“I wonder if the course of narcissism through the ages would have been any different had Narcissus first peered into a cesspool. He probably did.”
Narcissistic Personality Disorder (NPD) wasn’t recognized in the Diagnostic and Statistical Manual of Mental Disorders until 1980, in the third edition. But back in 8 AD, the Roman poet, Ovid, first lay down the myth of Narcissus and his co-dependent gal, Echo.
Poor talkative Echo got on the wrong side of Venus, who cursed her by making her able to only finish a sentence not started, and unable to say anything on her own. (See where this is going?) One day she was wandering around in the forest, as you do, and espied the epically handsome Narcissus out on a hunting spree. She wanted to call to him, but couldn’t (because curse), so lucky her when he got lost from his friends and called out “Is anyone there?”, which allowed her to enter into a convo with him by finishing his sentence for him. They came together, she threw herself onto him, and he rejected her. Not surprisingly, because that’s the way things seem to go, she only fell more in love with him.
Narcissus had a bevy of young ladies fall for him, but at the end of the day he only loved himself. He died staring at himself in a pool of water, unable to see or love anyone else. Since then the story has influenced poets and artists, playwrights and composers. And psychologists.
The term Narcissistic Personality Disorder was coined in 1968 by Heinz Kohut, so it really hasn’t been in use for very long. Since then, there is plenty of discussion in the research community about whether it’s actually a thing, whether you can actually diagnose it, whether it’s part of another thing, how it’s diagnosed, etc.
Having said that, however, you wouldn’t know it if you Googled “narcissism” – it’s a HUGE buzzword these days. Every knows a narcissist, every divorce involves a narcissist: it seems that narcissism has become a catch-all phrase for “asshole”. And we all know plenty of those.
So what’s the deal with narcissism? Is it an overused buzzword, or a tale as old as time, played out in homes around the world and only recently recognized as an actual, diagnosable disorder? Welp. I can’t tell you that. But I can tell you that if you talk to people who are going through divorce, you will see evidence of it everywhere. And people are starting to take note of the way it plays out behind closed doors, and the damage it can do to families for generations.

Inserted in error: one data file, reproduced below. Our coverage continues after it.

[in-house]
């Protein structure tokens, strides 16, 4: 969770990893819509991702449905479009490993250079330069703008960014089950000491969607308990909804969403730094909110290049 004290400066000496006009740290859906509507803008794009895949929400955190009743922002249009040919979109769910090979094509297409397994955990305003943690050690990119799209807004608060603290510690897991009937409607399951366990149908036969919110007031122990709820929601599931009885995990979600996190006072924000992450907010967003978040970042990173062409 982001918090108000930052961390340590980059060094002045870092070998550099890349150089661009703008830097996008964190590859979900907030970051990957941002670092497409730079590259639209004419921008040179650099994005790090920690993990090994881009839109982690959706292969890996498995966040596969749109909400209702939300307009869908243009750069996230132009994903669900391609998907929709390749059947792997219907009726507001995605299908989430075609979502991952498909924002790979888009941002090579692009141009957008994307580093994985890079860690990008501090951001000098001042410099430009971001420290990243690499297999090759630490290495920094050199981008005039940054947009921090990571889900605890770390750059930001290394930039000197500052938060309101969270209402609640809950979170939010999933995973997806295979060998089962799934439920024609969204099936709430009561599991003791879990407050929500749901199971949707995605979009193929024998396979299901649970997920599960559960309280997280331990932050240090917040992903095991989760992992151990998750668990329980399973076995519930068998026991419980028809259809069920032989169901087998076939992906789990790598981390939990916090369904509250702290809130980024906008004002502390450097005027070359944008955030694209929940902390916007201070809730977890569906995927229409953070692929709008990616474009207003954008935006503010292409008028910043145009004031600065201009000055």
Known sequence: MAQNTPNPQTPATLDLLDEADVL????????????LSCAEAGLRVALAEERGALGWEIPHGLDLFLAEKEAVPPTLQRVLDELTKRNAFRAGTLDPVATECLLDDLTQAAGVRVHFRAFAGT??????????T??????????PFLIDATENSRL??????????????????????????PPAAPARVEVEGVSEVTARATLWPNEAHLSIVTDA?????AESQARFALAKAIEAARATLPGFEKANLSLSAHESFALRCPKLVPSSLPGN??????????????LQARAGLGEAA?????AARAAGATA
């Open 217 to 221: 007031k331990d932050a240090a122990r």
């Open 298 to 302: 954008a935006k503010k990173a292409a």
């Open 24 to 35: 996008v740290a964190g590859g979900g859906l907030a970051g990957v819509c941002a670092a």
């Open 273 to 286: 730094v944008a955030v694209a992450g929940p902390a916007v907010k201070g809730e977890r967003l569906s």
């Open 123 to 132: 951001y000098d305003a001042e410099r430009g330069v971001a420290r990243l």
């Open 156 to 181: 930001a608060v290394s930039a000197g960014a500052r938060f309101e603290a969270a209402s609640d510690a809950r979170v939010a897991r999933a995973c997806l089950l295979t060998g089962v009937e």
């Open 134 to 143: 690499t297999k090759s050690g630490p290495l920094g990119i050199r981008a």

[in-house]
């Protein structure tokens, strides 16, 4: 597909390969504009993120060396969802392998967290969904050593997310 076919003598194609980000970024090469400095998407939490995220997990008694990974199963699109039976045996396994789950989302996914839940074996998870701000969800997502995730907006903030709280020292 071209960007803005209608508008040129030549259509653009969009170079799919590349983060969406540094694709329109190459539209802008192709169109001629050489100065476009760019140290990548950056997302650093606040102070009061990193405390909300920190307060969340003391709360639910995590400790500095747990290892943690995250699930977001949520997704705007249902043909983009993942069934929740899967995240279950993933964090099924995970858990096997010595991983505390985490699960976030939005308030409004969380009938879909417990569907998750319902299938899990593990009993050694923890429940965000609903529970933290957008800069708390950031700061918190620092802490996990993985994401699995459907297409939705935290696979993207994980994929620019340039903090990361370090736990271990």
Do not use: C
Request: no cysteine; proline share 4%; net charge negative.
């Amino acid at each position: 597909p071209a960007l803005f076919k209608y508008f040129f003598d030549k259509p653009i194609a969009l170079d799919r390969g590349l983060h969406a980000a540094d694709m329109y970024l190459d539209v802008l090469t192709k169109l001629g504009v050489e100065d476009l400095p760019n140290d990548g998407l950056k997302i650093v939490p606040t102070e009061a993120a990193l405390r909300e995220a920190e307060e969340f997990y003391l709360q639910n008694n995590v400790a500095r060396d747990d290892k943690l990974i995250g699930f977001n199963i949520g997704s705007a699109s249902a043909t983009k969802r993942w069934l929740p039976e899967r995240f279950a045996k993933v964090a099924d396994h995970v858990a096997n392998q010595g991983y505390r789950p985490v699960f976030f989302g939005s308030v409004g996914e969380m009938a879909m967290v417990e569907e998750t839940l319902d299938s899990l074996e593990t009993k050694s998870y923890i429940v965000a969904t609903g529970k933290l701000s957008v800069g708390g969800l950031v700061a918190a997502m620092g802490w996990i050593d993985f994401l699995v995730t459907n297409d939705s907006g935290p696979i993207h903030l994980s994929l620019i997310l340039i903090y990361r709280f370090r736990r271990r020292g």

It can be diagnosed clinically by identifying at least 5 of 9 traits that are outlined in the DSM-5, although the fact is that very few people are actually diagnosed with it. According to the Diagnostic and Statistical Manual of Mental Disorders, between 0.5 and 1 percent of the general population (50 to 75% are men) is diagnosed with NPD. Which can be frustrating to people who are suffering from abuse by a clearly narcissistic person – because while a person may not be clinically diagnosed with NPD, that doesn’t stop a narcissist from heaping abuse on a partner.
Here are some traits that are identified with a Narcissist. I’m sure we all know people who have one or more of these traits, but a narcissist has an overwhelming preponderance of these:
- A pervasive pattern of grandiosity (making themselves appear impressive)
- Need for admiration
- Fantasies about power, success, beauty or an idealized vision of love
- Sense of entitlement
- Belief of being special, unique or high-status
- Lack of empathy for others
- Tendency to exploit others
- Arrogant behavior
If you in a relationship with a narcissist, you might experience these traits as gaslighting, emotional abuse, being disregarded or made into a villain. You might feel like you’re losing your mind or that you have to walk on eggshells all the time. You might feel like you want to record your conversations so that you can go back and hear what was actually said. You might feel like you will never get away or be allowed to have your own thoughts or experiences. You might feel like poor Echo, not allowed to have your own voice, unseen and unloved, despite your efforts to love and support.
If you or anyone you know is playing Echo to someone’s Narcissus and need support, I am offering a free workshop called Surviving a Narcissist. We will cover a lot of ground, including how to recognize a narcissist, how to communicate and negotiate with one, how to set healthy boundaries, and what to do when you’re ready to leave one.
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